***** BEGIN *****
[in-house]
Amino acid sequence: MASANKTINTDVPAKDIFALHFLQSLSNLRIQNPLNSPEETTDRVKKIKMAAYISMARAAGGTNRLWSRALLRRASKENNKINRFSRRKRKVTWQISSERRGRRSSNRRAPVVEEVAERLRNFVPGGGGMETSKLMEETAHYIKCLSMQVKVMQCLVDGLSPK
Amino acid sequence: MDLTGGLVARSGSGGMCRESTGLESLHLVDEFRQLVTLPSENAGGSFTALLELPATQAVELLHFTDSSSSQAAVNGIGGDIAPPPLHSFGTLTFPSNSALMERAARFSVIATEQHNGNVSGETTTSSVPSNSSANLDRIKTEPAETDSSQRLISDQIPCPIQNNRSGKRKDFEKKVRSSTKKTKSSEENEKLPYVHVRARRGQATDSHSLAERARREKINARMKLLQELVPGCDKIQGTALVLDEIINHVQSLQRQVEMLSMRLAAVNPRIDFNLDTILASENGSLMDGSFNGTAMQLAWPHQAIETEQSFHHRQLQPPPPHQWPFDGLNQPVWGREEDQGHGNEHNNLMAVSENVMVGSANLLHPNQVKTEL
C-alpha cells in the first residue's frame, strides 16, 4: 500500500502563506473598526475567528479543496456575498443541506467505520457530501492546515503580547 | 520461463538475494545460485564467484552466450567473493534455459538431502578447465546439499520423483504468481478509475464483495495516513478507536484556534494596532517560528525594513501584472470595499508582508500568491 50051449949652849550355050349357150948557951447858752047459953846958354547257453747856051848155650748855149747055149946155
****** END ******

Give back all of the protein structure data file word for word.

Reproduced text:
[in-house]
Amino acid sequence: MASANKTINTDVPAKDIFALHFLQSLSNLRIQNPLNSPEETTDRVKKIKMAAYISMARAAGGTNRLWSRALLRRASKENNKINRFSRRKRKVTWQISSERRGRRSSNRRAPVVEEVAERLRNFVPGGGGMETSKLMEETAHYIKCLSMQVKVMQCLVDGLSPK
Amino acid sequence: MDLTGGLVARSGSGGMCRESTGLESLHLVDEFRQLVTLPSENAGGSFTALLELPATQAVELLHFTDSSSSQAAVNGIGGDIAPPPLHSFGTLTFPSNSALMERAARFSVIATEQHNGNVSGETTTSSVPSNSSANLDRIKTEPAETDSSQRLISDQIPCPIQNNRSGKRKDFEKKVRSSTKKTKSSEENEKLPYVHVRARRGQATDSHSLAERARREKINARMKLLQELVPGCDKIQGTALVLDEIINHVQSLQRQVEMLSMRLAAVNPRIDFNLDTILASENGSLMDGSFNGTAMQLAWPHQAIETEQSFHHRQLQPPPPHQWPFDGLNQPVWGREEDQGHGNEHNNLMAVSENVMVGSANLLHPNQVKTEL
C-alpha cells in the first residue's frame, strides 16, 4: 500500500502563506473598526475567528479543496456575498443541506467505520457530501492546515503580547 | 520461463538475494545460485564467484552466450567473493534455459538431502578447465546439499520423483504468481478509475464483495495516513478507536484556534494596532517560528525594513501584472470595499508582508500568491 50051449949652849550355050349357150948557951447858752047459953846958354547257453747856051848155650748855149747055149946155